“He wasn’t even looking…” I said to one of my defensemen after a particularly fine save.

At one point, Justin’s stick got swatted and went flying. He hesitated for a moment, before strut-skating to the bench. This is not something a hockey player would normally do, just leave an unbroken stick on the ice during a non-competitive game. Someone eventually pushed the stick over to the dark team’s bench. “Pick it up,” Tony heard him say. For a second, Tony thought Justin was talking to him. Turns out he was talking to his bodyguard.

Look, I’m being hard on the Biebs. Yes, he bought thousands of dollars of equipment that he might never use again. Yes, he refused photographs and signatures with the very few non-posse people in the lobby. Yes, he was obviously image-conscious. But he was basically friendly, and he was probably having as normal a night among strangers as is possible in his world.

Oh, and he really wanted a goal. In my head I’d been revising over and over the status update I would post immediately upon arriving home that night (and of course whether or not he got a shot on me would have significant bearings). I was thinking about that ridiculous story a few months back where Vladimir Putin scored seven goals on his birthday in a game against former NHL-ers. Was I going to let Bieber score? Maybe if he scored a goal we’d take a photo afterwards, just the Biebs and me. In the photo, I’d be giving him this dirty look for having sniped one.

In the end, I didn’t have a choice. In the end—if a heartthrob pop icon scoring a goal on you is shameful—the actual goal was as unhumiliating as it could have been. Sometimes the assist is the real goal, and I think it was Heimo who ended up feeding him what was basically a backdoor tap-in. I lunged over to my glove side, but the Biebs had a lot of net to shoot at.

A hyperbolic analogy seems to be called for, but none are really game-ready. All the air left the rink? My life divided into two? I was like a virgin getting scored on for the very first time?

Nope. They call it drop-in hockey, and sometimes it’s Justin Bieber who drops in. And scores a goal on you.

He was very excited. He threw his hands up in the air, shouted, “That’s what I needed!”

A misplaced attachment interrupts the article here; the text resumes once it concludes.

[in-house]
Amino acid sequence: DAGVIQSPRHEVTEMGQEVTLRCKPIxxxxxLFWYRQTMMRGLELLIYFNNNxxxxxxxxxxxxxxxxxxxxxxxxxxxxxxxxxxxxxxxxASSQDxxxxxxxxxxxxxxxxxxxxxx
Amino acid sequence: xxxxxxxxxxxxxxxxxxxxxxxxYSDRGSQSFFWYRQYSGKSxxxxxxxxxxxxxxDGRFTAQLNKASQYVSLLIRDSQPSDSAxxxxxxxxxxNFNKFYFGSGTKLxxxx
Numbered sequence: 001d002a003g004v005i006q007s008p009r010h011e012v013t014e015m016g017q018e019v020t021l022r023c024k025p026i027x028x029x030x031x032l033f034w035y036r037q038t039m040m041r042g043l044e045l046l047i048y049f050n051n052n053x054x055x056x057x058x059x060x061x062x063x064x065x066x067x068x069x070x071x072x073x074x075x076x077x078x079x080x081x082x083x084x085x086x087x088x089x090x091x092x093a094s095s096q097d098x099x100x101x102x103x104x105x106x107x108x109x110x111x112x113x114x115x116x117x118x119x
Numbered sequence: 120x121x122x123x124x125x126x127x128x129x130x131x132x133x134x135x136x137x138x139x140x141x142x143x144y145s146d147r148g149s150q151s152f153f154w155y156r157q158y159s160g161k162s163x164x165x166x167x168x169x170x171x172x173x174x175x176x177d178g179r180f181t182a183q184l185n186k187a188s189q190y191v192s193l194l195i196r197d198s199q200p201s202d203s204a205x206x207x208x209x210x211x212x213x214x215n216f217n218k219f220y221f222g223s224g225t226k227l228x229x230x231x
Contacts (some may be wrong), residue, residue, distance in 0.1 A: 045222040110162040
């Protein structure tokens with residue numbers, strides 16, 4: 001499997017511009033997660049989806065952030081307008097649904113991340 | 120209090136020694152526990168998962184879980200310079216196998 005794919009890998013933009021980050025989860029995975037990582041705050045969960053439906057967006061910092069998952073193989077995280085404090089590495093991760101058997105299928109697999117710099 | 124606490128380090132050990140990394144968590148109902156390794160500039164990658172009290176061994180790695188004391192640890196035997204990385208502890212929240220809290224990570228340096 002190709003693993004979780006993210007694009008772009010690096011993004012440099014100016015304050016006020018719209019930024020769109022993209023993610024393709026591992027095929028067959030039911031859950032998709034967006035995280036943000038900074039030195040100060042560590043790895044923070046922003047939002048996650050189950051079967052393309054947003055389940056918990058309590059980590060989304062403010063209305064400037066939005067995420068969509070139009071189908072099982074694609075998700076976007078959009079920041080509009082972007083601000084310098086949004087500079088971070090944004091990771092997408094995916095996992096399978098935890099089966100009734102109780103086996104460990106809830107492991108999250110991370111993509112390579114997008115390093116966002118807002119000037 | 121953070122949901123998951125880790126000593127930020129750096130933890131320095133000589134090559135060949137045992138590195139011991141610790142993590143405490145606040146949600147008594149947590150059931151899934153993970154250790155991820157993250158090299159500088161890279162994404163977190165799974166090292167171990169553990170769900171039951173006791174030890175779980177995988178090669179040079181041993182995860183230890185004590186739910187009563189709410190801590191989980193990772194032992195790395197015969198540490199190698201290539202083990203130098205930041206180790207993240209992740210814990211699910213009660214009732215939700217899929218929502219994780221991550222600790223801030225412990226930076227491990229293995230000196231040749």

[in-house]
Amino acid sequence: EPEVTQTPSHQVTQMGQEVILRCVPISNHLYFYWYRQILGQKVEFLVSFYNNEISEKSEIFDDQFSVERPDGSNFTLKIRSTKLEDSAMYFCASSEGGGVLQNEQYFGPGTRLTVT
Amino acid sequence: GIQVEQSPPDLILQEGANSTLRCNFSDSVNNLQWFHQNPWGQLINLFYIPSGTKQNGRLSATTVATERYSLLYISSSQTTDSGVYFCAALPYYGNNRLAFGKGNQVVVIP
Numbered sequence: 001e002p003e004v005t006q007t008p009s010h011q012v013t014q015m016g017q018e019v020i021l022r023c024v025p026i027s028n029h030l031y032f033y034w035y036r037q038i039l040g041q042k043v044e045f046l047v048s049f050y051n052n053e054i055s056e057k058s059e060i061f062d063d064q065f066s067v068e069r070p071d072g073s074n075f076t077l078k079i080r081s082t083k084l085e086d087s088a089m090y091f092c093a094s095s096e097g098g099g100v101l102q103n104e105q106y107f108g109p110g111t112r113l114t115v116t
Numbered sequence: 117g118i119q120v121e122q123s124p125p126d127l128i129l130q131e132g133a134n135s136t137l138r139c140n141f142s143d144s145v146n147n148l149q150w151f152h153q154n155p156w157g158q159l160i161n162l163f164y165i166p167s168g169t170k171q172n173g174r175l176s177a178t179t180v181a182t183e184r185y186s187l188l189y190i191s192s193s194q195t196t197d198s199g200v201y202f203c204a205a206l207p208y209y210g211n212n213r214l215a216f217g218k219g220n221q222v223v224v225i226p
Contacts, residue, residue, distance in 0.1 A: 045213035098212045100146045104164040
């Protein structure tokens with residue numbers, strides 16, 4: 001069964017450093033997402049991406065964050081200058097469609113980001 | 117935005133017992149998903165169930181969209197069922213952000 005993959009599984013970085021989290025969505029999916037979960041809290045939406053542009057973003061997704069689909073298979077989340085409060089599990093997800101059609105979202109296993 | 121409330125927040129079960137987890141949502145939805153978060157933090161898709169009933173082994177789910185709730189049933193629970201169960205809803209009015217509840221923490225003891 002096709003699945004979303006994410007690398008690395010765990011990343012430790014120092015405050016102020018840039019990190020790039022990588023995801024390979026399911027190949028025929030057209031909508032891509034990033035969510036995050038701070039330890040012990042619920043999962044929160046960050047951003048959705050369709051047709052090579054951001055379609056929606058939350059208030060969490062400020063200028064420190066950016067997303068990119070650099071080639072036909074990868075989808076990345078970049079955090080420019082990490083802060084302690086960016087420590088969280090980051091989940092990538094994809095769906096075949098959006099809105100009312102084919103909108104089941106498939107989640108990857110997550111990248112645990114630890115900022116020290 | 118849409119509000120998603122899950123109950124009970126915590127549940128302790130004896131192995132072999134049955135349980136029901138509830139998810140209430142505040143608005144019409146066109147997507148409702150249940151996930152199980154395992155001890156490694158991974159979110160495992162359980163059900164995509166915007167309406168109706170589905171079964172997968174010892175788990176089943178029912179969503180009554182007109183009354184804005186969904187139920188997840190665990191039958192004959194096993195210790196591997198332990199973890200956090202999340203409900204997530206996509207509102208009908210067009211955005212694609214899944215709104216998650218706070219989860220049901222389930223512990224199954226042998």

If my dignity needs preserving, I can at least report that I stopped Justin on a half-break a minute later. Left pad save. But, as his posse immediately rolled out after that shift was over, it was clear his work was done. If the incident was reported on by some desperate news outlet, the report would be that he scored a goal. That’s what he needed.

As I would joke later, “After he left… what was the point?” We still had another twenty or so minutes of drop-in, and maybe it was mental exhaustion that caused me to basically turn into a garage door.

In the locker room afterwards, we tried to decompress. We had to navigate a tricky situation: be star-struck—but not too star-struck. Make light of the fact that every single one of us would regale future family members and friends and strangers with the story of tonight for the rest of our lives. A few of the guys—Tony…—hid their obvious celebrity crushes behind tough words about what a little shit he was. “At least you guys didn’t get scored on by him,” I groaned, mortified-proud.

We were all pretty sure that the bodyguard had accidentally stowed his phone during the shift Justin scored—which is the reason why several thousand people did not watch footage of me getting scored on by Justin Bieber that night. Thankfully?

At the Boneyard (yes, that’s the name of the bar we get all homosocial at afterwards), we tried to drink the night into reality. I splurged on a seven dollar Unibroue because that’s how I roll now. We looked at Justin’s Instagram account. Tommy’s girlfriend can be seen sitting in the stands in one of the photos. That girl totally thinks she’s got a shot at the Biebs, was one comment. I attacked an abandoned plate of fries. An “extra” beer was put in my hand by the waiter. The Sabres game was on replay. I didn’t give a shiiiit about the 40-pages of George Herbert poems I wasn’t going to read for Genealogies of the Lyric the next day.